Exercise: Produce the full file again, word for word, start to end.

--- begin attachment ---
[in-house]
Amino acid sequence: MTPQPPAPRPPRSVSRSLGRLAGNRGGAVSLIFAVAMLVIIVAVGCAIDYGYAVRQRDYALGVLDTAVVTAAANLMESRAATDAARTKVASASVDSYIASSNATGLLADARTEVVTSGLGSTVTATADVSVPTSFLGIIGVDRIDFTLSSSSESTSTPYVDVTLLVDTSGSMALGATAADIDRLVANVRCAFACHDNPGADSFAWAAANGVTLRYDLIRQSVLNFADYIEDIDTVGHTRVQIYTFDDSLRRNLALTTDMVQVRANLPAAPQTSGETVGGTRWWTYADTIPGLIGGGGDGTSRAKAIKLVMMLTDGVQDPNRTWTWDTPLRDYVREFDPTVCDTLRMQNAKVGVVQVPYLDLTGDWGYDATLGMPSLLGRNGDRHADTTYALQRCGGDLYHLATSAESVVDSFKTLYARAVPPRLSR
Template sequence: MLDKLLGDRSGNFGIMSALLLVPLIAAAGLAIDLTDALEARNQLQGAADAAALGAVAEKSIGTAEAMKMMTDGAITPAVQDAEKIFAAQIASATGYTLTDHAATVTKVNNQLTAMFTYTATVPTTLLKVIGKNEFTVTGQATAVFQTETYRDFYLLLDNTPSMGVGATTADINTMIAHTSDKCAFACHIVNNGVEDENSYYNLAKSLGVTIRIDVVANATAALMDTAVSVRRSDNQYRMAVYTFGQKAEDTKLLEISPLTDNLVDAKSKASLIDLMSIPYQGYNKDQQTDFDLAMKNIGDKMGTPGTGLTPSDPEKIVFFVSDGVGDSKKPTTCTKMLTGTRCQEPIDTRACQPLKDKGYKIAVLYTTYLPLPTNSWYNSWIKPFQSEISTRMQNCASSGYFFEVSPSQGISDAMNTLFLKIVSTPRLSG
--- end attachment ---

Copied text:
[in-house]
Amino acid sequence: MTPQPPAPRPPRSVSRSLGRLAGNRGGAVSLIFAVAMLVIIVAVGCAIDYGYAVRQRDYALGVLDTAVVTAAANLMESRAATDAARTKVASASVDSYIASSNATGLLADARTEVVTSGLGSTVTATADVSVPTSFLGIIGVDRIDFTLSSSSESTSTPYVDVTLLVDTSGSMALGATAADIDRLVANVRCAFACHDNPGADSFAWAAANGVTLRYDLIRQSVLNFADYIEDIDTVGHTRVQIYTFDDSLRRNLALTTDMVQVRANLPAAPQTSGETVGGTRWWTYADTIPGLIGGGGDGTSRAKAIKLVMMLTDGVQDPNRTWTWDTPLRDYVREFDPTVCDTLRMQNAKVGVVQVPYLDLTGDWGYDATLGMPSLLGRNGDRHADTTYALQRCGGDLYHLATSAESVVDSFKTLYARAVPPRLSR
Template sequence: MLDKLLGDRSGNFGIMSALLLVPLIAAAGLAIDLTDALEARNQLQGAADAAALGAVAEKSIGTAEAMKMMTDGAITPAVQDAEKIFAAQIASATGYTLTDHAATVTKVNNQLTAMFTYTATVPTTLLKVIGKNEFTVTGQATAVFQTETYRDFYLLLDNTPSMGVGATTADINTMIAHTSDKCAFACHIVNNGVEDENSYYNLAKSLGVTIRIDVVANATAALMDTAVSVRRSDNQYRMAVYTFGQKAEDTKLLEISPLTDNLVDAKSKASLIDLMSIPYQGYNKDQQTDFDLAMKNIGDKMGTPGTGLTPSDPEKIVFFVSDGVGDSKKPTTCTKMLTGTRCQEPIDTRACQPLKDKGYKIAVLYTTYLPLPTNSWYNSWIKPFQSEISTRMQNCASSGYFFEVSPSQGISDAMNTLFLKIVSTPRLSG